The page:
Ye Shiwen doping controversy may not come to a sudden end, but there are reasons to believe that people who earlier doubted her professional competence are now trying to believe that even Chinese women can be great swimmer. USA has unparalleled dominance when it comes to swimming and even in London Olympics has already won 30 medals including 16 gold medals.
Ye Shiwen, a 16 year old accomplished swimmer won the gold medals in two competitions 400m and 200m medley. Many said that her success was caused by the use of performance enhancing drugs and doping. An American swimming coach was actually behind this malicious propaganda who tried to create doubts among the minds of common people and swimming professionals.
The good news for Ye Shiwen is the fact that people are now realising that doping allegations against her was wrong. By the way Shewin is a former Asian games gold medalist in two categories and was expected to do well even before her arrival in London’s Olympic Games village.
A prestigious academic journal has apologised to Chinese swimmer Ye Shiwen for carrying a controversial article on its website that “gave the impression that we were supporting accusations (of doping) against her”.
The article titled “Why great Olympic feats raise suspicions” was published on Nature’s website Aug 1, which says that Ye’s gold-winning performance is “anomalous” and implies that her clean drug test during competition can’t rule out the possibility of doping, reports Xinhua.
The 16-year-old Ye broke the world record to win the women’s 400m individual medley gold and followed up with a 200m medley gold in the London Olympics.
Nature’s article has been criticized by many scientists, who are the major readers of the journal.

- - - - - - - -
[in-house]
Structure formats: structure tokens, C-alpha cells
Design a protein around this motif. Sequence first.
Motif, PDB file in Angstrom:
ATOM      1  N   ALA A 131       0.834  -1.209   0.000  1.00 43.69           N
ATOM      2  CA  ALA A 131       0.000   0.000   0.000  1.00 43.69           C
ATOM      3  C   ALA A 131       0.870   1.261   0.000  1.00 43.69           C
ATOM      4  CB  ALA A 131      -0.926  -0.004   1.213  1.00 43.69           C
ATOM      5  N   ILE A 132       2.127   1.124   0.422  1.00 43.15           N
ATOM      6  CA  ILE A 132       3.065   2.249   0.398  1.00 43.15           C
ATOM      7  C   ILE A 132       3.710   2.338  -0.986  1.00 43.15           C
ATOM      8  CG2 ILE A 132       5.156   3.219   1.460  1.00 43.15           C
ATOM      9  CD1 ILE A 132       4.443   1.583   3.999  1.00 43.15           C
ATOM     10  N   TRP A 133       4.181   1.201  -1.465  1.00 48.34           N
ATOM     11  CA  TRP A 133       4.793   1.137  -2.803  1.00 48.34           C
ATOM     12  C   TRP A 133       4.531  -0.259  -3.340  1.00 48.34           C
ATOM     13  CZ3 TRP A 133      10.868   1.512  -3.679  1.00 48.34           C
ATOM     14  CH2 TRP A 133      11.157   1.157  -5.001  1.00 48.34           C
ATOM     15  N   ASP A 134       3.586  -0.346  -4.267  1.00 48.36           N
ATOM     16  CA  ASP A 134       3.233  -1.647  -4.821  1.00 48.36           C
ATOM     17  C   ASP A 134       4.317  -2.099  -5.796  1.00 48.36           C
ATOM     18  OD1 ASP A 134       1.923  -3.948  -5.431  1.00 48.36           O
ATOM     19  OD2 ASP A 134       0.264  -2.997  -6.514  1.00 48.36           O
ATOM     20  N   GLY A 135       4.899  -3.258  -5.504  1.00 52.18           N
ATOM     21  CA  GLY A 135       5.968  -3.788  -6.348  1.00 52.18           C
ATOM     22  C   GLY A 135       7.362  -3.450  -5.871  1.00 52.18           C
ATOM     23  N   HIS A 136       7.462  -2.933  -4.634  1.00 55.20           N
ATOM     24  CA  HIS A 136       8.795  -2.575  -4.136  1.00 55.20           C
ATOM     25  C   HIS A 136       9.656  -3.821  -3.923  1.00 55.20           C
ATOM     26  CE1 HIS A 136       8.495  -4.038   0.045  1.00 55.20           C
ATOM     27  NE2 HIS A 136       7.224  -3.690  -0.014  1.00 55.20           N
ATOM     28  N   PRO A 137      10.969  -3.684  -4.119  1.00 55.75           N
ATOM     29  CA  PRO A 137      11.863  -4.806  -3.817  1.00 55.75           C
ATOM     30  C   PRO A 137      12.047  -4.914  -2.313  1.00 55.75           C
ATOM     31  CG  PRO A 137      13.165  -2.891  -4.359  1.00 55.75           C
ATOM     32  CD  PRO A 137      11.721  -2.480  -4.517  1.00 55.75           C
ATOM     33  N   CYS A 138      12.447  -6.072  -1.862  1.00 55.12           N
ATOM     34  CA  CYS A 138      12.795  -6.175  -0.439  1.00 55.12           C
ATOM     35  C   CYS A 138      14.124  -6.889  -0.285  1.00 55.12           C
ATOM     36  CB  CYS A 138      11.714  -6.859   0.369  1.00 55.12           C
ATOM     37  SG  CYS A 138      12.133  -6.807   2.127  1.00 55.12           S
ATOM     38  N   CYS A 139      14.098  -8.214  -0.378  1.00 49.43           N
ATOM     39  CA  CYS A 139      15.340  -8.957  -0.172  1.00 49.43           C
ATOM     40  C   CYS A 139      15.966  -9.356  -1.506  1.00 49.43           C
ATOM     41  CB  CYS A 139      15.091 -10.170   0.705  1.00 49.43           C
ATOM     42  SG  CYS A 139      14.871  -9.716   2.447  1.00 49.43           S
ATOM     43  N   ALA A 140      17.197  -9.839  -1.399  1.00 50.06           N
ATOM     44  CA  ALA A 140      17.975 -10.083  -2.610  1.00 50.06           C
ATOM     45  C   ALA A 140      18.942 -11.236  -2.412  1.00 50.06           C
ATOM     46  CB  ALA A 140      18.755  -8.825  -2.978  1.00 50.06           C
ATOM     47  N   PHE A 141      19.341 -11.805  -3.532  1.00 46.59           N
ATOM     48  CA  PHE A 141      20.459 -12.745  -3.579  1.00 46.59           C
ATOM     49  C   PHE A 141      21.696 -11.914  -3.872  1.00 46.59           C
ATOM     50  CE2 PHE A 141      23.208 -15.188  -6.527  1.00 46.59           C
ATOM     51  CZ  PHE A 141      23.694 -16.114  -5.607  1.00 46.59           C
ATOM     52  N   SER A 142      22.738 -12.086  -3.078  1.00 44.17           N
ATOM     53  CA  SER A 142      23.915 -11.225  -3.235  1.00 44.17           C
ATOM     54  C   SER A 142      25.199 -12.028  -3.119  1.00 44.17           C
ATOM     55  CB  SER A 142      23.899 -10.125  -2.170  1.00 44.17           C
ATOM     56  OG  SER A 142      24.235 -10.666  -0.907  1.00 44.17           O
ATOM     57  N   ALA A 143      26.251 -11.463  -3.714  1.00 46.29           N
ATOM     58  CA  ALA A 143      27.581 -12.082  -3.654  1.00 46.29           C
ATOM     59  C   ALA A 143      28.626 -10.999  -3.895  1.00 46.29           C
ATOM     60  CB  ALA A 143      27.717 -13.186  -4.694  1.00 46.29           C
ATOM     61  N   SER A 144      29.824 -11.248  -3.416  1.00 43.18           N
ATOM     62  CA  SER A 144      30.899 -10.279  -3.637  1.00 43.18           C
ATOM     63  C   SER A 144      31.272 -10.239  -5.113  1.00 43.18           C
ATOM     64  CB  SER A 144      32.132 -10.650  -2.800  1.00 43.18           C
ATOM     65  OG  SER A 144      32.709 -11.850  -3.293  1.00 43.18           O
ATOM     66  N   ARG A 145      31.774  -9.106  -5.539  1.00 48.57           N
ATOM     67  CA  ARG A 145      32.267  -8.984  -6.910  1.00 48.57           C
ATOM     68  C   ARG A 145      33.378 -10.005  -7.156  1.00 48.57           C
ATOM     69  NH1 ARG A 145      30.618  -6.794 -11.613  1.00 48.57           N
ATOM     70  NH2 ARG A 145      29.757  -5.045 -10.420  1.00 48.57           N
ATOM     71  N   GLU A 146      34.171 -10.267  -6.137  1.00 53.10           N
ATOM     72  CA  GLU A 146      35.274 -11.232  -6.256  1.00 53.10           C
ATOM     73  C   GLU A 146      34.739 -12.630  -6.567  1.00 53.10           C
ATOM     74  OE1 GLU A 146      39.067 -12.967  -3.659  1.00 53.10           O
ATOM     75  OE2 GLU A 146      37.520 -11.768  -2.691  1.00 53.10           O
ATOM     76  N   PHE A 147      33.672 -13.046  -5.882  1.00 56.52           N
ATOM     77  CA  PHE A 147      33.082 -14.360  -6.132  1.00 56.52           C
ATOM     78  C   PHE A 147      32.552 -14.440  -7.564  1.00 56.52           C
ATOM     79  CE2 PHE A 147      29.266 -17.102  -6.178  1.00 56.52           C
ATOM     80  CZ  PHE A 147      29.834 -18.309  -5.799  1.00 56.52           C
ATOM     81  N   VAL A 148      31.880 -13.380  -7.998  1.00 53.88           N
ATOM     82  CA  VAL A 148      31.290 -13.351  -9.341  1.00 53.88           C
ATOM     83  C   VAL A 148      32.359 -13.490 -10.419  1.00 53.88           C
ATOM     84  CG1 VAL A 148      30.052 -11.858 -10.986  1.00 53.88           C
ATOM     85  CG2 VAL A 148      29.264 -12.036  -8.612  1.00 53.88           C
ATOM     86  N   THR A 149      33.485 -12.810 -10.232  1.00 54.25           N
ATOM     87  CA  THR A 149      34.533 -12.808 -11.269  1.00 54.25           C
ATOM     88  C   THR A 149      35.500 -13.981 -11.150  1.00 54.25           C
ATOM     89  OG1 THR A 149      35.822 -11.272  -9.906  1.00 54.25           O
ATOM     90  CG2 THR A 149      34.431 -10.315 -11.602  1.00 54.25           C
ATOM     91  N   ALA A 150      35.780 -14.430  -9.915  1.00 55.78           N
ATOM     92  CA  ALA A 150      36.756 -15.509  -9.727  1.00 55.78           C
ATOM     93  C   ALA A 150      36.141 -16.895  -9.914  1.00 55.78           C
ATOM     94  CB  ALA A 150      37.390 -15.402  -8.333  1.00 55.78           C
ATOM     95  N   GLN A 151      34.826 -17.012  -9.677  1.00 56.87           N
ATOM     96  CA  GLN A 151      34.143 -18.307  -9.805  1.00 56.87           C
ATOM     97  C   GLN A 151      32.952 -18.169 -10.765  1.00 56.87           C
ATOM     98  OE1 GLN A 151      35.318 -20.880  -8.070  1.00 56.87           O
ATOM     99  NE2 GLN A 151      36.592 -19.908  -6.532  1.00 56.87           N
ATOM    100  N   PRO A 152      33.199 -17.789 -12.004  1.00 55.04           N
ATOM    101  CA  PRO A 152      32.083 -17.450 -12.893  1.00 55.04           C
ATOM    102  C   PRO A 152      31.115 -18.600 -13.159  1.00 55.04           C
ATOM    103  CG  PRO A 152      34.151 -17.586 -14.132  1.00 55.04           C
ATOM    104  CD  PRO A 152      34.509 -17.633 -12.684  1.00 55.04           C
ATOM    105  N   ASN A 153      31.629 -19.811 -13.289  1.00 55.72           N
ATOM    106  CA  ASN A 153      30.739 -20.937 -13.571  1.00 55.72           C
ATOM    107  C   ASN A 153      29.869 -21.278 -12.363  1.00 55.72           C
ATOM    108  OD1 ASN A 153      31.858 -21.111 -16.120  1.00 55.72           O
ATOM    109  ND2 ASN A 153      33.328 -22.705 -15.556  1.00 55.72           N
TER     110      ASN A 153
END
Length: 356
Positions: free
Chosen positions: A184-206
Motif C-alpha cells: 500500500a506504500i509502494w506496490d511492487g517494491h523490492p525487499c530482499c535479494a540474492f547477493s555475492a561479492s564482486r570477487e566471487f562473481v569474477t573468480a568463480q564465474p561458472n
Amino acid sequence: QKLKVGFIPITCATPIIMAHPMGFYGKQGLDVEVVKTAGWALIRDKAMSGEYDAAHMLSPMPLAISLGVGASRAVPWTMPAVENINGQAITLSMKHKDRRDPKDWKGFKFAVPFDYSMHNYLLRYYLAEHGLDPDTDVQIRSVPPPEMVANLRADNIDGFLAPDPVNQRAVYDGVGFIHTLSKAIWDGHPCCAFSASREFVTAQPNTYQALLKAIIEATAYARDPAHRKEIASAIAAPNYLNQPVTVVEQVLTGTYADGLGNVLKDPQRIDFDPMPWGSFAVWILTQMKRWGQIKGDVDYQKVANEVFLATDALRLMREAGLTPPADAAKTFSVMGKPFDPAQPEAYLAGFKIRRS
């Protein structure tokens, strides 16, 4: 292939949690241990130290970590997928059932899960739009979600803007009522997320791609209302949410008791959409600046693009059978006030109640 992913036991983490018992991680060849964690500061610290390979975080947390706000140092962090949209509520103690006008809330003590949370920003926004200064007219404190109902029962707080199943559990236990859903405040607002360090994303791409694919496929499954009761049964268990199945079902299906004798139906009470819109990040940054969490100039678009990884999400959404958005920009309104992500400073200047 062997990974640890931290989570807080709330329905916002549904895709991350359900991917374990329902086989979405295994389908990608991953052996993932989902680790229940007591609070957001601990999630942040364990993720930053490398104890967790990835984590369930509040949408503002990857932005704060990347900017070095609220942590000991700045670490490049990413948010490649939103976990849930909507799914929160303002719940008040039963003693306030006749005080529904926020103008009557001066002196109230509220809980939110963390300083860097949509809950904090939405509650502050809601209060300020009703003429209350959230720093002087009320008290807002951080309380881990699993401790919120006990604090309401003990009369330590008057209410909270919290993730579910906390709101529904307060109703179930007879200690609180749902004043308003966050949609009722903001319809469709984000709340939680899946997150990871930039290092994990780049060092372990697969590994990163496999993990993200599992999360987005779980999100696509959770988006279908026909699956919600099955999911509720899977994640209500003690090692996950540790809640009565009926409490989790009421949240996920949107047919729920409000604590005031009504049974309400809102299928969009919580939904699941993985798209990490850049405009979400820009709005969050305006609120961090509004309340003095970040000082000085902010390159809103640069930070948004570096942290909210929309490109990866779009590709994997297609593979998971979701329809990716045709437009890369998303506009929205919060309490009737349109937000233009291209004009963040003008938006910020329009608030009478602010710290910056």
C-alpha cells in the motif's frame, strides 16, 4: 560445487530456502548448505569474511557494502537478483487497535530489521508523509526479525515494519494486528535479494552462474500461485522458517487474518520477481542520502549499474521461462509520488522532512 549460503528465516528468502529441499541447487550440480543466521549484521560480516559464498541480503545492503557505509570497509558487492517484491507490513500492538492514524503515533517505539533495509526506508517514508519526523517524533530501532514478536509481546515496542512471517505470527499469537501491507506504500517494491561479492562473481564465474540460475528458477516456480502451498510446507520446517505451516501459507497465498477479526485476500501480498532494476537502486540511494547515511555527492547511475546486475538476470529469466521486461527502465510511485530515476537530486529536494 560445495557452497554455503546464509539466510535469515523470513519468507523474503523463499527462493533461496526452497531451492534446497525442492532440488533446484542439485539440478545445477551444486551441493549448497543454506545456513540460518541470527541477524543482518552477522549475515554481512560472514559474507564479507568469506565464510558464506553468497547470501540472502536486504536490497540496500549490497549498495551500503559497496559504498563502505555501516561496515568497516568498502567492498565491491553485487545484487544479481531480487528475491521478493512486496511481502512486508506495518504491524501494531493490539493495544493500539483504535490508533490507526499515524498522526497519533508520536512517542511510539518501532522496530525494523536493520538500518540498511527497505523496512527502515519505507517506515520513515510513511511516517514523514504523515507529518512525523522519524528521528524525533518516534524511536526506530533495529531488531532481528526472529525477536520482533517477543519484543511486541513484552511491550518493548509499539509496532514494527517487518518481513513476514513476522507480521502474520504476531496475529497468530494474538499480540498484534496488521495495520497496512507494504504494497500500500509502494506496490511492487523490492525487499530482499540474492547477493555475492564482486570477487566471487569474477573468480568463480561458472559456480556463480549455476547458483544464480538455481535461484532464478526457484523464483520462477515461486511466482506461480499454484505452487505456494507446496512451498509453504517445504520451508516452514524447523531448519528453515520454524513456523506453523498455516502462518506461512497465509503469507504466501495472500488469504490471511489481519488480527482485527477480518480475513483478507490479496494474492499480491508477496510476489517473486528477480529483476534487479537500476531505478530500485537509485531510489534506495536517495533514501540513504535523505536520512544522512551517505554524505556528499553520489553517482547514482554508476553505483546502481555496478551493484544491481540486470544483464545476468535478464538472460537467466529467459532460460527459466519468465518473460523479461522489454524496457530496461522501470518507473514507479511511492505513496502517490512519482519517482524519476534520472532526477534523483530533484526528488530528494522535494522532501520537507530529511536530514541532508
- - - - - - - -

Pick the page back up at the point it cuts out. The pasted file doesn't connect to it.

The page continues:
Lai Jiang, a researcher in Pennsylvanian University, commented on the journal’s website that the article is so scientifically wrong that it “is a textbook example of what we call ‘cherry pick your data’”.
Chinese scientists have signed on an open letter to challenge the Nature article.
Nature apologized in an “Editor’s Note” Monday, saying: “The news story was triggered by a debate that was already active, concerning the scale of Ye Shiwen’s victory. Such debates have arisen over many outstanding feats in the past, by athletes from many countries, and it is wrong to suggest, as many of the critics do, that we singled her out because of her nationality.
“The story’s intention as an explainer was to examine how science can help resolve debates over extraordinary performances, not to examine those performance statistics in detail. Several analyses done by others convinced us that it was fair to characterise Ye’s performance as ‘anomalous’ – in the sense that it was statistically unusual.
“But we acknowledge that the combination of errors discussed above and the absence of a more detailed discussion of the statistics (which with hindsight we regret) gave the impression that we were supporting accusations against her, even though this was emphatically not our intention.
“For that we apologize to our readers and to Ye Shiwen.”
That note was co-authored by Tim Appenzeller, Chief Magazine Editor of Nature, and Philip Campbell, Editor-in-Chief of Nature.
Nature is considered by the scientific community as one of the most prestigious academic journals in the world. Its major editing office is in London.
Appenzeller told Xinhua over phone: “I think it’s pretty much what we want to say.”
He added that the controversial article is an online news story, and it will not be included in the official printed journal of Nature.